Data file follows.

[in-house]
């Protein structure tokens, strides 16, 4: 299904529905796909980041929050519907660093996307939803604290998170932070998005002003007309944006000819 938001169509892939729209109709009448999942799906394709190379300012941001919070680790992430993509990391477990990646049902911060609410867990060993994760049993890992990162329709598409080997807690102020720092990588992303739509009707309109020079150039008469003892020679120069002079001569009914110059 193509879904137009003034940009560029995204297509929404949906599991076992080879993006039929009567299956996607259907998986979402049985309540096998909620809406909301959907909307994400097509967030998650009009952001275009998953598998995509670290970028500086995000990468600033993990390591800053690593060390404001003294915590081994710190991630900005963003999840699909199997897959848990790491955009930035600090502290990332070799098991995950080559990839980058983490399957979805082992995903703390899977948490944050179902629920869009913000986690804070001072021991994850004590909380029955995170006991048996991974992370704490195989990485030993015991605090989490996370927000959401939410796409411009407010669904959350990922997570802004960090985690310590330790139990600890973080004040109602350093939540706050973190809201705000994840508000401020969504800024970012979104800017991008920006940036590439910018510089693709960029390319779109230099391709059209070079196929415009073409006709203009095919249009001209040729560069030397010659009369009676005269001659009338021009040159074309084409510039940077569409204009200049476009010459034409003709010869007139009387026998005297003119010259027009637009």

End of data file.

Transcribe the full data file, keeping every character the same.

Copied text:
[in-house]
């Protein structure tokens, strides 16, 4: 299904529905796909980041929050519907660093996307939803604290998170932070998005002003007309944006000819 938001169509892939729209109709009448999942799906394709190379300012941001919070680790992430993509990391477990990646049902911060609410867990060993994760049993890992990162329709598409080997807690102020720092990588992303739509009707309109020079150039008469003892020679120069002079001569009914110059 193509879904137009003034940009560029995204297509929404949906599991076992080879993006039929009567299956996607259907998986979402049985309540096998909620809406909301959907909307994400097509967030998650009009952001275009998953598998995509670290970028500086995000990468600033993990390591800053690593060390404001003294915590081994710190991630900005963003999840699909199997897959848990790491955009930035600090502290990332070799098991995950080559990839980058983490399957979805082992995903703390899977948490944050179902629920869009913000986690804070001072021991994850004590909380029955995170006991048996991974992370704490195989990485030993015991605090989490996370927000959401939410796409411009407010669904959350990922997570802004960090985690310590330790139990600890973080004040109602350093939540706050973190809201705000994840508000401020969504800024970012979104800017991008920006940036590439910018510089693709960029390319779109230099391709059209070079196929415009073409006709203009095919249009001209040729560069030397010659009369009676005269001659009338021009040159074309084409510039940077569409204009200049476009010459034409003709010869007139009387026998005297003119010259027009637009």